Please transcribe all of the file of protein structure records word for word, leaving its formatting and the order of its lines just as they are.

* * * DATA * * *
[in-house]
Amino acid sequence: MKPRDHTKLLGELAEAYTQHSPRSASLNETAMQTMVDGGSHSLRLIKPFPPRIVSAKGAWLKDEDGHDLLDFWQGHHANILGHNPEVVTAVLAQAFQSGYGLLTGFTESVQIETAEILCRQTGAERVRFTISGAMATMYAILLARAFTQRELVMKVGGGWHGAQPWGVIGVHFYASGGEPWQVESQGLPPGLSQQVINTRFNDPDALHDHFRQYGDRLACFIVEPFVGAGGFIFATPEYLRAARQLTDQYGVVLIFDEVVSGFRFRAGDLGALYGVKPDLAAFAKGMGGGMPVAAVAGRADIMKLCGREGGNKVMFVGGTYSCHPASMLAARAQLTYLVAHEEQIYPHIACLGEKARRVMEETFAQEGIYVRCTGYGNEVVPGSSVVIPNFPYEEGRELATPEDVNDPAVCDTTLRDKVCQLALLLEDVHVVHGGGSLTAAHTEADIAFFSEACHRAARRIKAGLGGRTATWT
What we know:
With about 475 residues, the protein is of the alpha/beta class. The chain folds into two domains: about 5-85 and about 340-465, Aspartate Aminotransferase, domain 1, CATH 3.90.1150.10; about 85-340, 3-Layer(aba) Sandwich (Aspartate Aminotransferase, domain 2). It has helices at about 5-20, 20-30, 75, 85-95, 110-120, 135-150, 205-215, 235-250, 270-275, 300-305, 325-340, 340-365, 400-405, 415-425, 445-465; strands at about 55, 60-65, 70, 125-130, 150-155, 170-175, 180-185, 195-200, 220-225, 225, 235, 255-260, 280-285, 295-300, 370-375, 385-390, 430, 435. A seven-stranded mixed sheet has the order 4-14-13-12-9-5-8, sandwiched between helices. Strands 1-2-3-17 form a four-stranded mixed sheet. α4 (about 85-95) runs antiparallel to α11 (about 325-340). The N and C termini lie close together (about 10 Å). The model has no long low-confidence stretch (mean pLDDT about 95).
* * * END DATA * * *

[in-house]
Amino acid sequence: MKPRDHTKLLGELAEAYTQHSPRSASLNETAMQTMVDGGSHSLRLIKPFPPRIVSAKGAWLKDEDGHDLLDFWQGHHANILGHNPEVVTAVLAQAFQSGYGLLTGFTESVQIETAEILCRQTGAERVRFTISGAMATMYAILLARAFTQRELVMKVGGGWHGAQPWGVIGVHFYASGGEPWQVESQGLPPGLSQQVINTRFNDPDALHDHFRQYGDRLACFIVEPFVGAGGFIFATPEYLRAARQLTDQYGVVLIFDEVVSGFRFRAGDLGALYGVKPDLAAFAKGMGGGMPVAAVAGRADIMKLCGREGGNKVMFVGGTYSCHPASMLAARAQLTYLVAHEEQIYPHIACLGEKARRVMEETFAQEGIYVRCTGYGNEVVPGSSVVIPNFPYEEGRELATPEDVNDPAVCDTTLRDKVCQLALLLEDVHVVHGGGSLTAAHTEADIAFFSEACHRAARRIKAGLGGRTATWT
What we know:
With about 475 residues, the protein is of the alpha/beta class. The chain folds into two domains: about 5-85 and about 340-465, Aspartate Aminotransferase, domain 1, CATH 3.90.1150.10; about 85-340, 3-Layer(aba) Sandwich (Aspartate Aminotransferase, domain 2). It has helices at about 5-20, 20-30, 75, 85-95, 110-120, 135-150, 205-215, 235-250, 270-275, 300-305, 325-340, 340-365, 400-405, 415-425, 445-465; strands at about 55, 60-65, 70, 125-130, 150-155, 170-175, 180-185, 195-200, 220-225, 225, 235, 255-260, 280-285, 295-300, 370-375, 385-390, 430, 435. A seven-stranded mixed sheet has the order 4-14-13-12-9-5-8, sandwiched between helices. Strands 1-2-3-17 form a four-stranded mixed sheet. α4 (about 85-95) runs antiparallel to α11 (about 325-340). The N and C termini lie close together (about 10 Å). The model has no long low-confidence stretch (mean pLDDT about 95).